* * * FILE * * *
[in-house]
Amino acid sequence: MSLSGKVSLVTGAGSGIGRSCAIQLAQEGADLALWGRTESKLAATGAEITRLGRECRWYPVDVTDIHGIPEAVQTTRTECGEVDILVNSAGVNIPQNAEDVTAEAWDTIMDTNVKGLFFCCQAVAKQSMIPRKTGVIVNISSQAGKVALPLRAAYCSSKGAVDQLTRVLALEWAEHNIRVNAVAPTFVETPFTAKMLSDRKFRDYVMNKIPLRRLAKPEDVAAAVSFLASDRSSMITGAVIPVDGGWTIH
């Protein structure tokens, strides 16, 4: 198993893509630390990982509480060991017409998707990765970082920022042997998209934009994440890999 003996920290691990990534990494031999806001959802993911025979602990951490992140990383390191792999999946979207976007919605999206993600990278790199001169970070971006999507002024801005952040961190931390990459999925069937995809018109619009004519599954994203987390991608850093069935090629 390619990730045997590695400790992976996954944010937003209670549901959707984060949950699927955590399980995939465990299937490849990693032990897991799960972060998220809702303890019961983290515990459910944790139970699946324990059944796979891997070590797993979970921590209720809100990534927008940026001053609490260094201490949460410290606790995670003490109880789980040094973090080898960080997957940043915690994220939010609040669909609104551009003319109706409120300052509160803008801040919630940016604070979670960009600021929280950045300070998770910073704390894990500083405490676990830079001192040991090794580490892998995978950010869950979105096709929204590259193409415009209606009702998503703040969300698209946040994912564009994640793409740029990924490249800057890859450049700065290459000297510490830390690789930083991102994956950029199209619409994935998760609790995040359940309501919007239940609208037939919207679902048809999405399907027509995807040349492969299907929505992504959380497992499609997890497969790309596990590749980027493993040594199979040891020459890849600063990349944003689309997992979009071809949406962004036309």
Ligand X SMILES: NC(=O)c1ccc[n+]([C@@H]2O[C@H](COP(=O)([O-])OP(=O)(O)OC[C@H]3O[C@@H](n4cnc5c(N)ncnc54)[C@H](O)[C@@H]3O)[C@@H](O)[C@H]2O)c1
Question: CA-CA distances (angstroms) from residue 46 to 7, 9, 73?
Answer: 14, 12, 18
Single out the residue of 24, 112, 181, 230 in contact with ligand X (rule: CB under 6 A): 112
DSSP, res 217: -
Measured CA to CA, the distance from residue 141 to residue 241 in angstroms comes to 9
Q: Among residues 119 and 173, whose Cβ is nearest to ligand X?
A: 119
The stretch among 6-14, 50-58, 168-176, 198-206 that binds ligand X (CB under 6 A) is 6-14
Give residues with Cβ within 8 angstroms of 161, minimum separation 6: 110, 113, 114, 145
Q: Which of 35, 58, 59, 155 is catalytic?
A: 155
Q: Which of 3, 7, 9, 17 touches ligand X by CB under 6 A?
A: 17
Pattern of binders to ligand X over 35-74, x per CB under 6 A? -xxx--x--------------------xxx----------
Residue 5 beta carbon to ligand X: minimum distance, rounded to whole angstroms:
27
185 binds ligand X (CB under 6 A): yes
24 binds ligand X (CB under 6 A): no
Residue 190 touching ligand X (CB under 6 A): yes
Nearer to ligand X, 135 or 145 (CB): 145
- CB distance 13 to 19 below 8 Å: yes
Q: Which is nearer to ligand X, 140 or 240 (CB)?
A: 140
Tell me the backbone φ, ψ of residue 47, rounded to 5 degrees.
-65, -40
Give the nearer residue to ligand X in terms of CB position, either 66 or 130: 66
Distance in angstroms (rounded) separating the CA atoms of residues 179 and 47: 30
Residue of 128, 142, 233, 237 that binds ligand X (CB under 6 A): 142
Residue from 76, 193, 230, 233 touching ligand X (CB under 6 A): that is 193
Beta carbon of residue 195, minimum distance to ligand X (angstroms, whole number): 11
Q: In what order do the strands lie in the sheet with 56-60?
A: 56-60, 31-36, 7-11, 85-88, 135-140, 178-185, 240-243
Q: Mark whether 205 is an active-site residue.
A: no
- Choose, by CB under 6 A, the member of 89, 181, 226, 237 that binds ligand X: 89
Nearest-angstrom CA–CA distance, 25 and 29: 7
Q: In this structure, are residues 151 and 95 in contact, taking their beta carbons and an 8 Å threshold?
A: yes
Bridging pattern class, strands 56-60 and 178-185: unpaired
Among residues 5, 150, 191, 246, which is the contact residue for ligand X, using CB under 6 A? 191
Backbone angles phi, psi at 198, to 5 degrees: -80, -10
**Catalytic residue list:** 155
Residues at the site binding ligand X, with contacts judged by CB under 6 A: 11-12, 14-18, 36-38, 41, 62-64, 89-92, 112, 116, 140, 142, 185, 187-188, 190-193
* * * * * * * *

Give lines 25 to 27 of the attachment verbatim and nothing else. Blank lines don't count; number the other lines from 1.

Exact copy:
- CB distance 13 to 19 below 8 Å: yes
Q: Which is nearer to ligand X, 140 or 240 (CB)?
A: 140